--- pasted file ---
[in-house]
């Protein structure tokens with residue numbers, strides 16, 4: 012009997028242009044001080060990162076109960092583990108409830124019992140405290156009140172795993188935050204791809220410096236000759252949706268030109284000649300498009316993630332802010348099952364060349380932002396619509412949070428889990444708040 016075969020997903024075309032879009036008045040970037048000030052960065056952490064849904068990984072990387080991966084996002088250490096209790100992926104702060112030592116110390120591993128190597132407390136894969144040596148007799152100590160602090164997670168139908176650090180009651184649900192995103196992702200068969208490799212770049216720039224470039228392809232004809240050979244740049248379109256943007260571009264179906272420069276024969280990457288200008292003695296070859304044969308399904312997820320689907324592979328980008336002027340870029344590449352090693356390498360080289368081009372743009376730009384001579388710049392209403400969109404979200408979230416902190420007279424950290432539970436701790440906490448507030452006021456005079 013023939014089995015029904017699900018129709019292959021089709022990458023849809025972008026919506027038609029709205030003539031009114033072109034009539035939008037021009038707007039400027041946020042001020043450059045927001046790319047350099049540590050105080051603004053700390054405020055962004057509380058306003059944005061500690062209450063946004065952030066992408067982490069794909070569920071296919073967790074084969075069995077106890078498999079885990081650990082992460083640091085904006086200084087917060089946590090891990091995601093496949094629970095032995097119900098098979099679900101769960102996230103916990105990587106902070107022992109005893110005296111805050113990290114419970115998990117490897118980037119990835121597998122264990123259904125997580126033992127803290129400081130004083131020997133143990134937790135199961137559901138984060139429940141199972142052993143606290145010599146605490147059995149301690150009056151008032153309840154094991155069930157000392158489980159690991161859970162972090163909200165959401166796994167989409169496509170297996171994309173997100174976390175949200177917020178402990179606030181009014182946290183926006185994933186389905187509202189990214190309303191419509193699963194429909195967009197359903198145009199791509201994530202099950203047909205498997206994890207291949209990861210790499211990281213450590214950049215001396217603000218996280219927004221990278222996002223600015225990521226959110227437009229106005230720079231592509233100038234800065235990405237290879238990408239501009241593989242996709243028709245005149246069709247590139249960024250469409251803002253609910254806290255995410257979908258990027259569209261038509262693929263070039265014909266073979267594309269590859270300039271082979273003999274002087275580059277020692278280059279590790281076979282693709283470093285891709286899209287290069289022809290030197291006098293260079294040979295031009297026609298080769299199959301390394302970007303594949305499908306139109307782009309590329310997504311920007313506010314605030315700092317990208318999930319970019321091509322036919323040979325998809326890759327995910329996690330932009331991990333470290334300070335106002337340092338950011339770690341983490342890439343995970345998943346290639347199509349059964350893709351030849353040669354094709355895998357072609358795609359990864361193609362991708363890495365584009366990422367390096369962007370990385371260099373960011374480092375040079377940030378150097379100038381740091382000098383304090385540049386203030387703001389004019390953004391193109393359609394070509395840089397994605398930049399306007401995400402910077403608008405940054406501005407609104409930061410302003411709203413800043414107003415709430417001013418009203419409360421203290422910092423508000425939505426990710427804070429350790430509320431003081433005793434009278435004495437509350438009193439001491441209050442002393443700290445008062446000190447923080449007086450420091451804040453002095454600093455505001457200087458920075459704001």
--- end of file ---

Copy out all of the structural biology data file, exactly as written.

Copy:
[in-house]
């Protein structure tokens with residue numbers, strides 16, 4: 012009997028242009044001080060990162076109960092583990108409830124019992140405290156009140172795993188935050204791809220410096236000759252949706268030109284000649300498009316993630332802010348099952364060349380932002396619509412949070428889990444708040 016075969020997903024075309032879009036008045040970037048000030052960065056952490064849904068990984072990387080991966084996002088250490096209790100992926104702060112030592116110390120591993128190597132407390136894969144040596148007799152100590160602090164997670168139908176650090180009651184649900192995103196992702200068969208490799212770049216720039224470039228392809232004809240050979244740049248379109256943007260571009264179906272420069276024969280990457288200008292003695296070859304044969308399904312997820320689907324592979328980008336002027340870029344590449352090693356390498360080289368081009372743009376730009384001579388710049392209403400969109404979200408979230416902190420007279424950290432539970436701790440906490448507030452006021456005079 013023939014089995015029904017699900018129709019292959021089709022990458023849809025972008026919506027038609029709205030003539031009114033072109034009539035939008037021009038707007039400027041946020042001020043450059045927001046790319047350099049540590050105080051603004053700390054405020055962004057509380058306003059944005061500690062209450063946004065952030066992408067982490069794909070569920071296919073967790074084969075069995077106890078498999079885990081650990082992460083640091085904006086200084087917060089946590090891990091995601093496949094629970095032995097119900098098979099679900101769960102996230103916990105990587106902070107022992109005893110005296111805050113990290114419970115998990117490897118980037119990835121597998122264990123259904125997580126033992127803290129400081130004083131020997133143990134937790135199961137559901138984060139429940141199972142052993143606290145010599146605490147059995149301690150009056151008032153309840154094991155069930157000392158489980159690991161859970162972090163909200165959401166796994167989409169496509170297996171994309173997100174976390175949200177917020178402990179606030181009014182946290183926006185994933186389905187509202189990214190309303191419509193699963194429909195967009197359903198145009199791509201994530202099950203047909205498997206994890207291949209990861210790499211990281213450590214950049215001396217603000218996280219927004221990278222996002223600015225990521226959110227437009229106005230720079231592509233100038234800065235990405237290879238990408239501009241593989242996709243028709245005149246069709247590139249960024250469409251803002253609910254806290255995410257979908258990027259569209261038509262693929263070039265014909266073979267594309269590859270300039271082979273003999274002087275580059277020692278280059279590790281076979282693709283470093285891709286899209287290069289022809290030197291006098293260079294040979295031009297026609298080769299199959301390394302970007303594949305499908306139109307782009309590329310997504311920007313506010314605030315700092317990208318999930319970019321091509322036919323040979325998809326890759327995910329996690330932009331991990333470290334300070335106002337340092338950011339770690341983490342890439343995970345998943346290639347199509349059964350893709351030849353040669354094709355895998357072609358795609359990864361193609362991708363890495365584009366990422367390096369962007370990385371260099373960011374480092375040079377940030378150097379100038381740091382000098383304090385540049386203030387703001389004019390953004391193109393359609394070509395840089397994605398930049399306007401995400402910077403608008405940054406501005407609104409930061410302003411709203413800043414107003415709430417001013418009203419409360421203290422910092423508000425939505426990710427804070429350790430509320431003081433005793434009278435004495437509350438009193439001491441209050442002393443700290445008062446000190447923080449007086450420091451804040453002095454600093455505001457200087458920075459704001």